“Their goal is to impose a benign stability on the quarreling family of nations through merger and consolidation. They see the elimination of national boundaries, the suppression of racial and ethnic loyalties, as the most expeditious avenue to world peace. They believe economic competition is the root cause of international tension.”
===Barry Goldwater, speaking about the goal of the Trilateral Commission
From December 8th Financial Times:
"I have never believed that there is a secret United Nations plot to take over the US. I have never seen black helicopters hovering in the sky above Montana. But, for the first time in my life, I think the formation of some sort of world government is plausible.
A “world government” would involve much more than co-operation between nations. It would be an entity with state-like characteristics, backed by a body of laws. The European Union has already set up a continental government for 27 countries, which could be a model. The EU has a supreme court, a currency, thousands of pages of law, a large civil service and the ability to deploy military force.
So could the European model go global? There are three reasons for thinking that it might.
First, it is increasingly clear that the most difficult issues facing national governments are international in nature: there is global warming, a global financial crisis and a “global war on terror”.
Second, it could be done. The transport and communications revolutions have shrunk the world so that, as Geoffrey Blainey, an eminent Australian historian, has written: “For the first time in human history, world government of some sort is now possible.” Mr Blainey foresees an attempt to form a world government at some point in the next two centuries, which is an unusually long time horizon for the average newspaper column.
But – the third point – a change in the political atmosphere suggests that “global governance” could come much sooner than that. The financial crisis and climate change are pushing national governments towards global solutions, even in countries such as China and the US that are traditionally fierce guardians of national sovereignty.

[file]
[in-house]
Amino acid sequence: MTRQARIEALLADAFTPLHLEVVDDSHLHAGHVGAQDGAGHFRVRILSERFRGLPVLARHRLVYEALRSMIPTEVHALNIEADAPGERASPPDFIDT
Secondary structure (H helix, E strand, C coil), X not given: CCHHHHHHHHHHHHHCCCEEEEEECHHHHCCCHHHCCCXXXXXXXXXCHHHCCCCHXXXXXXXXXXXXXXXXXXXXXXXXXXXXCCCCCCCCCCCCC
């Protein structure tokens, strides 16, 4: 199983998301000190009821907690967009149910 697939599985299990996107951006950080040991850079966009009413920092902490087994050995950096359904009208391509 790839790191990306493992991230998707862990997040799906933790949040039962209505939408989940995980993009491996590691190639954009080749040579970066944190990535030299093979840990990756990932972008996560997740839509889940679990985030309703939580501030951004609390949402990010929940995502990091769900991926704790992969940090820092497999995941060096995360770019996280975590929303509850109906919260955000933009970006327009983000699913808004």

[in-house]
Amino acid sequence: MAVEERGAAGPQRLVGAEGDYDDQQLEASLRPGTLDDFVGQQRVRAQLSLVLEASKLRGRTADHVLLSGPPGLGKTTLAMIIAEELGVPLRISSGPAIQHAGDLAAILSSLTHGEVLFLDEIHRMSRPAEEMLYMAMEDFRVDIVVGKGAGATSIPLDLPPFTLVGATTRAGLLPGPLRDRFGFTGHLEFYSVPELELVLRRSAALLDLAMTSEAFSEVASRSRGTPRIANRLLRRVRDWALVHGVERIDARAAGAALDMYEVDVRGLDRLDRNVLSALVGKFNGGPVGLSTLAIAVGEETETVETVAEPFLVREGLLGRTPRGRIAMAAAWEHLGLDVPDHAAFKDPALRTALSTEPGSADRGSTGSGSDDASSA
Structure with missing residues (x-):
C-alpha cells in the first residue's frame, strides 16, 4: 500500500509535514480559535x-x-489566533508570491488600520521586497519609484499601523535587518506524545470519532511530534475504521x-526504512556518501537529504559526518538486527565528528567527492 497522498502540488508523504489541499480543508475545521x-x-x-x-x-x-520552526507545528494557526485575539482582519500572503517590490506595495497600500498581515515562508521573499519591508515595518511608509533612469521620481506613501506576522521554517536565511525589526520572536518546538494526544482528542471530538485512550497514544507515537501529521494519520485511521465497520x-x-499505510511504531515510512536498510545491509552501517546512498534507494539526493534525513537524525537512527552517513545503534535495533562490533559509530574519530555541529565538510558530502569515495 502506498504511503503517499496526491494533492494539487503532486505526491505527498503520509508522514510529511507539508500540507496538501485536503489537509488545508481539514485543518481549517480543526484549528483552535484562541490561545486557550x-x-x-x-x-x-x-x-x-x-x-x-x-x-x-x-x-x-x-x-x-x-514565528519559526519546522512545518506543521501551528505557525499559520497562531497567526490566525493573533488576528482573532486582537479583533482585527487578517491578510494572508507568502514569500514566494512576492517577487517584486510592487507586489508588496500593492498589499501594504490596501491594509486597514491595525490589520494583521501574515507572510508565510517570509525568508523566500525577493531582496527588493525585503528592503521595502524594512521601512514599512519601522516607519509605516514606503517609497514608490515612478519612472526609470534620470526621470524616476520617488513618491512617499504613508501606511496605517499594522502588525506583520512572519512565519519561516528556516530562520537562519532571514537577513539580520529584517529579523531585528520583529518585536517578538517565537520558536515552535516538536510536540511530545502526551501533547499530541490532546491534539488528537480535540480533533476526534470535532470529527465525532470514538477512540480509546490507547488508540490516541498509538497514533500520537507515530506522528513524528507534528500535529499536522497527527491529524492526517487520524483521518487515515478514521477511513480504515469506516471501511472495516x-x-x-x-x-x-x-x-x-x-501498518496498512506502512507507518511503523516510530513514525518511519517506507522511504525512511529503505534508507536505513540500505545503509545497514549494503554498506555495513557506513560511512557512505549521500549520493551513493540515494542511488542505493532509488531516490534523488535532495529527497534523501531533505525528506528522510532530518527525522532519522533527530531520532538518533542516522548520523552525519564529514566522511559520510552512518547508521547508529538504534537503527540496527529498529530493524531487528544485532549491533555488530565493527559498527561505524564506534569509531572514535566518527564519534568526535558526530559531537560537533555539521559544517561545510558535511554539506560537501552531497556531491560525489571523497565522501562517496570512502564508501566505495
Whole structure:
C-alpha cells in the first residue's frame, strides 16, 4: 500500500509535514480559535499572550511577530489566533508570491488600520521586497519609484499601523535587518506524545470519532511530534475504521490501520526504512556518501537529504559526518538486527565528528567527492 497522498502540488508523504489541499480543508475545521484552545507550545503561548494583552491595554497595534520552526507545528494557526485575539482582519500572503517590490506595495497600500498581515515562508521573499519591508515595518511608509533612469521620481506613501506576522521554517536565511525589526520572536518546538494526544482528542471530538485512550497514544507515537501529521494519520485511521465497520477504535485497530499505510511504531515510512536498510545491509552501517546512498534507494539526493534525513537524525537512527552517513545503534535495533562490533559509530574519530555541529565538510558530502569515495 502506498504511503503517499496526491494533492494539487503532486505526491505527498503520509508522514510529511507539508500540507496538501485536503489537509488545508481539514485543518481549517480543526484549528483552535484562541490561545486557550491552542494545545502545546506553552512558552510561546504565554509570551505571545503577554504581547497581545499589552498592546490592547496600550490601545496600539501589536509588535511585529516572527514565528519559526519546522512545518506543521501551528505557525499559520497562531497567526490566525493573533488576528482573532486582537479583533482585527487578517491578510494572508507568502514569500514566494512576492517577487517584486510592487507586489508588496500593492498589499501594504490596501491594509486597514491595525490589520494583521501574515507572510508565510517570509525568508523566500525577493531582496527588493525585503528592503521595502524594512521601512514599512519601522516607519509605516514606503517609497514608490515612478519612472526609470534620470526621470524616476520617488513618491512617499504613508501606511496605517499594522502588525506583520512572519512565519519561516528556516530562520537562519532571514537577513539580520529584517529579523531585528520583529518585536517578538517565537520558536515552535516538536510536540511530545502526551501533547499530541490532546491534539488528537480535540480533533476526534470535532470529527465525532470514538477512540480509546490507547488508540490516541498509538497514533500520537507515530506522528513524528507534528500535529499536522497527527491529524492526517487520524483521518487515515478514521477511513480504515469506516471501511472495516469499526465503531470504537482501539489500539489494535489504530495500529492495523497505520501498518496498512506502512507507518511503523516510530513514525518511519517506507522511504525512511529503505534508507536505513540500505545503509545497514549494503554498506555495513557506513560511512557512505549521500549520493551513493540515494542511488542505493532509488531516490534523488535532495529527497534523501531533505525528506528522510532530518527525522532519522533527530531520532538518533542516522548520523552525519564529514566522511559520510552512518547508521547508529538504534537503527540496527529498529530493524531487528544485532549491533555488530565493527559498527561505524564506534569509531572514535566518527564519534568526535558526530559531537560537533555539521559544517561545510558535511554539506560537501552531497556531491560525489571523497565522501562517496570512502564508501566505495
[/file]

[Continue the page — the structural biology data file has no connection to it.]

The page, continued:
Barack Obama, America’s president-in-waiting, does not share the Bush administration’s disdain for international agreements and treaties. In his book, The Audacity of Hope, he argued that: “When the world’s sole superpower willingly restrains its power and abides by internationally agreed-upon standards of conduct, it sends a message that these are rules worth following.” The importance that Mr Obama attaches to the UN is shown by the fact that he has appointed Susan Rice, one of his closest aides, as America’s ambassador to the UN, and given her a seat in the cabinet.
A taste of the ideas doing the rounds in Obama circles is offered by a recent report from the Managing Global Insecurity project, whose small US advisory group includes John Podesta, the man heading Mr Obama’s transition team and Strobe Talbott, the president of the Brookings Institution, from which Ms Rice has just emerged.
[ Aunty's note: Strobe Talbott is a Clinton era hack who is famous for saying that national sovereignty is finished,a new world order is a given.]
Extra Credit reading (an unethical economy is its own poison pill)
More to come--check back in a few days.